### Topological convexity spaces

Victor Bryant
1974 Proceedings of the Edinburgh Mathematical Society
Preliminaries We shall start by recalling the definition and some basic properties of a convexity space; a topological convexity space (tcs) will then be a convexity space together with an admissible topology, and will be a generalisation of a topological vector space (tvs). After showing that the usual tvs results connecting the linear and topological properties extend to this new setting we then prove a form of the Krein-Milman theorem in a tcs. Let J b e a non-empty set, let a, b, ... be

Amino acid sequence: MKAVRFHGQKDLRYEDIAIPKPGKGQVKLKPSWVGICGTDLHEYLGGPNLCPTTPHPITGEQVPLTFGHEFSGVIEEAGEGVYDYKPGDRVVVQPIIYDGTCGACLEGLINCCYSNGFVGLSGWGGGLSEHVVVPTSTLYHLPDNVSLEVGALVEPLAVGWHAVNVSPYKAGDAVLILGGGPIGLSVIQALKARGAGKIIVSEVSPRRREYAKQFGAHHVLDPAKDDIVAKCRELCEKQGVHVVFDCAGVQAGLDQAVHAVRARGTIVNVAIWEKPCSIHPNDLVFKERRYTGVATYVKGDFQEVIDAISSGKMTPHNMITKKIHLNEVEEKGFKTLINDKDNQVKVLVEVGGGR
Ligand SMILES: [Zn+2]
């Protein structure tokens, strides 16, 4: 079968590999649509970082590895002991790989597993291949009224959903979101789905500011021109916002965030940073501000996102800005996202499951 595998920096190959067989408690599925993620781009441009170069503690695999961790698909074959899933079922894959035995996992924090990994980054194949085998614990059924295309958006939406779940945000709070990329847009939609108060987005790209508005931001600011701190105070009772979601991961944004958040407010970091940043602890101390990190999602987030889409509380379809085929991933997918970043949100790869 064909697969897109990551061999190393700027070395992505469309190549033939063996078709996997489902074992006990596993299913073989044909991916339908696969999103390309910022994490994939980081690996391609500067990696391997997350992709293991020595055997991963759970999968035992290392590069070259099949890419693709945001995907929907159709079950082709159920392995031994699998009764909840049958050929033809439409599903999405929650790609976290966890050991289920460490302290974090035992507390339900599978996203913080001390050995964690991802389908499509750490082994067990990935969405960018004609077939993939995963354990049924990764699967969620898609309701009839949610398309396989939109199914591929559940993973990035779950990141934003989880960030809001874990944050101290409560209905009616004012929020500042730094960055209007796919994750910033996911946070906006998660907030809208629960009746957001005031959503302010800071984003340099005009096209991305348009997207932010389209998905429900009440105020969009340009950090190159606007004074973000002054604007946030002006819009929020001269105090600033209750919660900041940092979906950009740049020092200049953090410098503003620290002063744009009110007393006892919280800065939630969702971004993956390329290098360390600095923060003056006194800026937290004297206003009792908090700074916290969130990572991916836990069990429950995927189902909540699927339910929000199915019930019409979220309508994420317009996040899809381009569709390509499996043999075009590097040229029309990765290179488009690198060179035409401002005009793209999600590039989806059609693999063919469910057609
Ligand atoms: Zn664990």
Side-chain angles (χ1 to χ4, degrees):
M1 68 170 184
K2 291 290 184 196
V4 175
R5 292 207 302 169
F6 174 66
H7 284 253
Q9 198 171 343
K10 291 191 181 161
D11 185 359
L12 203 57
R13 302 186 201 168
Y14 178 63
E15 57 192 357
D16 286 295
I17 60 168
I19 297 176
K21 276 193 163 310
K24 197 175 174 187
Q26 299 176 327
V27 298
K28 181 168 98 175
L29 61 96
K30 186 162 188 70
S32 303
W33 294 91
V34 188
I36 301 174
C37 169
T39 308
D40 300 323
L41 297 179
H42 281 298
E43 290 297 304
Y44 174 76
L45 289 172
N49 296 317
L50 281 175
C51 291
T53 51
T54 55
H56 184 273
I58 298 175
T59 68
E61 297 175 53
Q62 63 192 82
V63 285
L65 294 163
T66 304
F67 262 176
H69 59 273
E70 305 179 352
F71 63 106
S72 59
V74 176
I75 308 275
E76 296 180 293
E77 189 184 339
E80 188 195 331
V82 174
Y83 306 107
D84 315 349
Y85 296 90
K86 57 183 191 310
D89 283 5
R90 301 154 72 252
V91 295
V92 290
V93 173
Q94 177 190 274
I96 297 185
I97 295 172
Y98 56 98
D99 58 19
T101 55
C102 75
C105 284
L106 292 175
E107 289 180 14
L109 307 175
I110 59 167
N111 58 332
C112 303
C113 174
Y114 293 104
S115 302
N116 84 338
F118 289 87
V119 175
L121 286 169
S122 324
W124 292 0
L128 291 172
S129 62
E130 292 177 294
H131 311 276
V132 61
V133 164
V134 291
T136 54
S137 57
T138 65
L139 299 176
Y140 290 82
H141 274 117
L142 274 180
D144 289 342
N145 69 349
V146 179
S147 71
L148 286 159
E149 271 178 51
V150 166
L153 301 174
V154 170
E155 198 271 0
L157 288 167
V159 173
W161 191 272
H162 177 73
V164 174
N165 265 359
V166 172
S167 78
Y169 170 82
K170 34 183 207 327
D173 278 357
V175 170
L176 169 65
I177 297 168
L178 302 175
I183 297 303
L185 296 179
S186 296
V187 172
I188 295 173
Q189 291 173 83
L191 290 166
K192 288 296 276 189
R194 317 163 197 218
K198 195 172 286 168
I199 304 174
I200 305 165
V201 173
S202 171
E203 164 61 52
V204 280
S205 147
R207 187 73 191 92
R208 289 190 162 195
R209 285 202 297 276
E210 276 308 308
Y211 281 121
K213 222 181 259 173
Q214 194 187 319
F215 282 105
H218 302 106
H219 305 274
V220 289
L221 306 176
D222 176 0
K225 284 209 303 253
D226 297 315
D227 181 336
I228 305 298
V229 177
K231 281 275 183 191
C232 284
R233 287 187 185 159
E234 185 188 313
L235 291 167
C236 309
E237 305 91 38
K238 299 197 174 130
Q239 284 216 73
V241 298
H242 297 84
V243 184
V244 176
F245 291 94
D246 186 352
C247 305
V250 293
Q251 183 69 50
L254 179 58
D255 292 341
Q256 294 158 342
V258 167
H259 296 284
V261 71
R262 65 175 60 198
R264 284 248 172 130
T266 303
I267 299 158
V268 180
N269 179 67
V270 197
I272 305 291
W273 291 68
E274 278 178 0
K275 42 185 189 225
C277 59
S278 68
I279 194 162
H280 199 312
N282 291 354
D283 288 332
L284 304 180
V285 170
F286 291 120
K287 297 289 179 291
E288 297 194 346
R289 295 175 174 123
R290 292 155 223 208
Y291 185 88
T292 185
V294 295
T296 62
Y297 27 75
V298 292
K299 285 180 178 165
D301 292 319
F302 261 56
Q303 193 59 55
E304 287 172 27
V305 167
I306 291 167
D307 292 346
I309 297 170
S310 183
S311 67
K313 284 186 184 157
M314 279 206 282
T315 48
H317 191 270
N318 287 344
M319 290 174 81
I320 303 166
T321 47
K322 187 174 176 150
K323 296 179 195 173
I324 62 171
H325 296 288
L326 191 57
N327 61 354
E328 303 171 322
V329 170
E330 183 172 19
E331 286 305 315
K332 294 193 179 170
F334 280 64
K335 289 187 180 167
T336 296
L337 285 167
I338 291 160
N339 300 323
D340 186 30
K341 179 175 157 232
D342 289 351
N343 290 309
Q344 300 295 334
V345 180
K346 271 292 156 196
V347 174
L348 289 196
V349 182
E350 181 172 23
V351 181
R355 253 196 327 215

more » ... et a, b, ... be elements of X, and let A, B, ... be subsets of X. We do not distinguish between a point of X and the singleton subset which it defines. Thus in X the notation e is redundant and is replaced by <=. Also we write AxB for A meets B or AnB / 0. A join on A" is a mapping •: Xx X->2 X , i.e. it associates with each ordered pair (a, b) of elements of A' a subset a-b (or simply ab) of X. Given a join and a, bcX we define a/b = {c<= X: acbc). The operations • and / can be extended to subsets of X in the obvious way, for example AB = (J ab. In particular for a, b, c<=. X, a{bc) is a subset of X. Note also that A xBC if and only if A/BxC. Definition. A pair (X, •) is a convexity space if • is a join on X satisfying (i) ab ¥= 0, alb # 0 ; (ii) aa = a = aja; (iii) a(bc) = (ab)c; (iv) a/bxc/d=>adxbc; for all a, b, c, dc X. The most familiar example of a convexity space is a real vector space with join defined by ab = {Xa + (l -X)b: O<A<1}, and other examples are given in (2). If (X, •) and (Y, •) are convexity spaces and a join is defined on Xx Y by (a, b).(c, d) = a.cxb.d (a, ccX; b, d<= Y), then it is easily verified that this product space is a convexity space. Although the above axioms are algebraic in nature they have a strong geometric motivation based on the vector space example. The properties of joins are discussed in more detail in (2), (5) and some consequences of these axioms are given in (1), (3). We have included here only those properties necessary for our subsequent study of topologies on (X, •). One consequence of the axiom aa = a = a/a is that a<=-ab if and only